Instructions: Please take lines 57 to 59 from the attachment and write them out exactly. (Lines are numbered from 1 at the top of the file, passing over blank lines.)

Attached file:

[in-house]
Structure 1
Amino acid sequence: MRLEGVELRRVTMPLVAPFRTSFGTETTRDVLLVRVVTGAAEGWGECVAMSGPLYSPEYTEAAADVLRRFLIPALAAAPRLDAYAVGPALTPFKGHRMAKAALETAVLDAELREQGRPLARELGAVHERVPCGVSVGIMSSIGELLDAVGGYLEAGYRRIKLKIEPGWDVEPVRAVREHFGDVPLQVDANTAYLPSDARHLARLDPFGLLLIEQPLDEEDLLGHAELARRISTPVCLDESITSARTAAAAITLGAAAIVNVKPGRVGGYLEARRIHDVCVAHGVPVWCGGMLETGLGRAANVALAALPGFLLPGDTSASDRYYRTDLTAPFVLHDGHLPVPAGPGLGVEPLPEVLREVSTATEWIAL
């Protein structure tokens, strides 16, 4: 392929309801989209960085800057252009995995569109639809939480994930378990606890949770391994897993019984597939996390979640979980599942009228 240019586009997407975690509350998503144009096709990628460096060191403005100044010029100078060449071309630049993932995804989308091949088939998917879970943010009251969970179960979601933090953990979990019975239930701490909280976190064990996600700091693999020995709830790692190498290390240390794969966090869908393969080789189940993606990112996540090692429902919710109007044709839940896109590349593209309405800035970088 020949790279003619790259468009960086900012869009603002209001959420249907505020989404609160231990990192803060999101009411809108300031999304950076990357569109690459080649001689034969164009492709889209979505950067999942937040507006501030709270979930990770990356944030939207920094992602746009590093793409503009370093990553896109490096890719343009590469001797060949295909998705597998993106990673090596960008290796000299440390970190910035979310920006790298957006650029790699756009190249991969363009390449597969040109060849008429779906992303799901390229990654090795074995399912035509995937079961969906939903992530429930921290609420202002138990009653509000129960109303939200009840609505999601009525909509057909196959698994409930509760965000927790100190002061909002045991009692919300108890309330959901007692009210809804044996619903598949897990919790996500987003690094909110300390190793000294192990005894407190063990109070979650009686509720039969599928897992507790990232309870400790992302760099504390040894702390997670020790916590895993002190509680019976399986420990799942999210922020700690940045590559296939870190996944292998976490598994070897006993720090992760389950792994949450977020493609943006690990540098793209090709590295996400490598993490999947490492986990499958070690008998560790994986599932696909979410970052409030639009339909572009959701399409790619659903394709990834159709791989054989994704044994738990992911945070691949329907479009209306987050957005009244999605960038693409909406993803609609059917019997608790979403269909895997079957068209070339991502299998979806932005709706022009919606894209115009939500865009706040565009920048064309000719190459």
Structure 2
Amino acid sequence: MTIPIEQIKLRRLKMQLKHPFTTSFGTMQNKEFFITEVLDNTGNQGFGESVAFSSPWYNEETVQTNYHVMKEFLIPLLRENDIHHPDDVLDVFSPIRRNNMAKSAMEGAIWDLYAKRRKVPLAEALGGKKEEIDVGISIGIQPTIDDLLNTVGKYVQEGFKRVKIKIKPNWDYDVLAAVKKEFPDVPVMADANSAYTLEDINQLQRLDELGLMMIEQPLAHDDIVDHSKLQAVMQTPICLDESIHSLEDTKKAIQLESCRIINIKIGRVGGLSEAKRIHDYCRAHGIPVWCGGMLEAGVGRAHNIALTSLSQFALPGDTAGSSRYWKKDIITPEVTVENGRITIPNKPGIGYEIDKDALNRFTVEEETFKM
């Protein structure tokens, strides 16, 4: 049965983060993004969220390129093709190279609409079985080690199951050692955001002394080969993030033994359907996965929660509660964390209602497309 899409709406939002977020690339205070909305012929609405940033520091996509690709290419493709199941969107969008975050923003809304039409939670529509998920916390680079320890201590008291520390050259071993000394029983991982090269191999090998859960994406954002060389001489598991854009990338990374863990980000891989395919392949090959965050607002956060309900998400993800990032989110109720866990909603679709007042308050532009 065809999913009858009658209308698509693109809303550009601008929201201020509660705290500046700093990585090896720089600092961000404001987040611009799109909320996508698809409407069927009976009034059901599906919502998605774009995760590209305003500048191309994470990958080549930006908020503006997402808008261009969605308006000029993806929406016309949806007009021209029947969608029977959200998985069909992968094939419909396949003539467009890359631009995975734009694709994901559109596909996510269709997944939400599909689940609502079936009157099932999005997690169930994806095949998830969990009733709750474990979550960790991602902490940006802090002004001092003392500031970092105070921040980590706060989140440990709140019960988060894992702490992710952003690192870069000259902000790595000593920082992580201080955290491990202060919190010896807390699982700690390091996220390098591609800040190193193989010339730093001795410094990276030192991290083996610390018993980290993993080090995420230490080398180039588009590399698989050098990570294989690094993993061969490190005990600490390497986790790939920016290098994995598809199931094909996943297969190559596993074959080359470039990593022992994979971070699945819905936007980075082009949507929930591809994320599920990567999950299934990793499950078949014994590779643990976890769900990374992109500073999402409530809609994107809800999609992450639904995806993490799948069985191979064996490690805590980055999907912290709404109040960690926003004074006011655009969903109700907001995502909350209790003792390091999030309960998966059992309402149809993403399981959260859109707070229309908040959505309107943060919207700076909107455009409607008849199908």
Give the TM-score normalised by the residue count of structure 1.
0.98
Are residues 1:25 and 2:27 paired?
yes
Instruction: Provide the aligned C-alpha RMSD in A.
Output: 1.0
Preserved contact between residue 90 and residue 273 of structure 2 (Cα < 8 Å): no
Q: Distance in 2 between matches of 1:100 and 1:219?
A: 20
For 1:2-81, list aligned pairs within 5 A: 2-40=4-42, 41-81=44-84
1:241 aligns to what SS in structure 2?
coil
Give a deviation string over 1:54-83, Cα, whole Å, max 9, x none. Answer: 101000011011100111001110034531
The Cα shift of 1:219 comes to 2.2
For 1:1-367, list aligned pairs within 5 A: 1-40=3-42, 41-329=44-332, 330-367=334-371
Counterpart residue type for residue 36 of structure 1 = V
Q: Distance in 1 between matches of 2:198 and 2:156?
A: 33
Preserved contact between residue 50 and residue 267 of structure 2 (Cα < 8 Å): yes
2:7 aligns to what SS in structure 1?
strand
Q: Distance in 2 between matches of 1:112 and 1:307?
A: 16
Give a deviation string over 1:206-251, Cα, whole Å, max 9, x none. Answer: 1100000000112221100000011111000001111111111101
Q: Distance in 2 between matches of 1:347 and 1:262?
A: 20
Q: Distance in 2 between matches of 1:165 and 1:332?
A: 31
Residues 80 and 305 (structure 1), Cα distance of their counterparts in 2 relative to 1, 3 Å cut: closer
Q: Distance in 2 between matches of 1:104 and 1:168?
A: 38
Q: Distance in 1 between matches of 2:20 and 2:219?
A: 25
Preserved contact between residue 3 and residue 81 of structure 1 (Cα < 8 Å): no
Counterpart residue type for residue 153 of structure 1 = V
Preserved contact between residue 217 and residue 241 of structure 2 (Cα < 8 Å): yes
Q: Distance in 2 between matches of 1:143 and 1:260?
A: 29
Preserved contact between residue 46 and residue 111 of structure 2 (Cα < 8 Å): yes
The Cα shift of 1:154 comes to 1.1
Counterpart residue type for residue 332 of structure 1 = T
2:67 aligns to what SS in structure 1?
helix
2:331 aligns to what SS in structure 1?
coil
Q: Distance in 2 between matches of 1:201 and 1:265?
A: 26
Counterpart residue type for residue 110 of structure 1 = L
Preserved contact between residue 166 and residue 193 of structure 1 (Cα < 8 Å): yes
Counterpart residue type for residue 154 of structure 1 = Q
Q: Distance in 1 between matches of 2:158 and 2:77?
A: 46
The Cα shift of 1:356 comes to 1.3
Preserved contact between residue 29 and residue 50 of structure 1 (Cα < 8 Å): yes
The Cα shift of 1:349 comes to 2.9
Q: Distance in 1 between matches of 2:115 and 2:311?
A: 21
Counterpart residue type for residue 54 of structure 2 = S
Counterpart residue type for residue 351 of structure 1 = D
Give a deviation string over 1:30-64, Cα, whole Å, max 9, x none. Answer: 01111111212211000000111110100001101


Counterpart residue type for residue 154 of structure 1 = Q
Q: Distance in 1 between matches of 2:158 and 2:77?
A: 46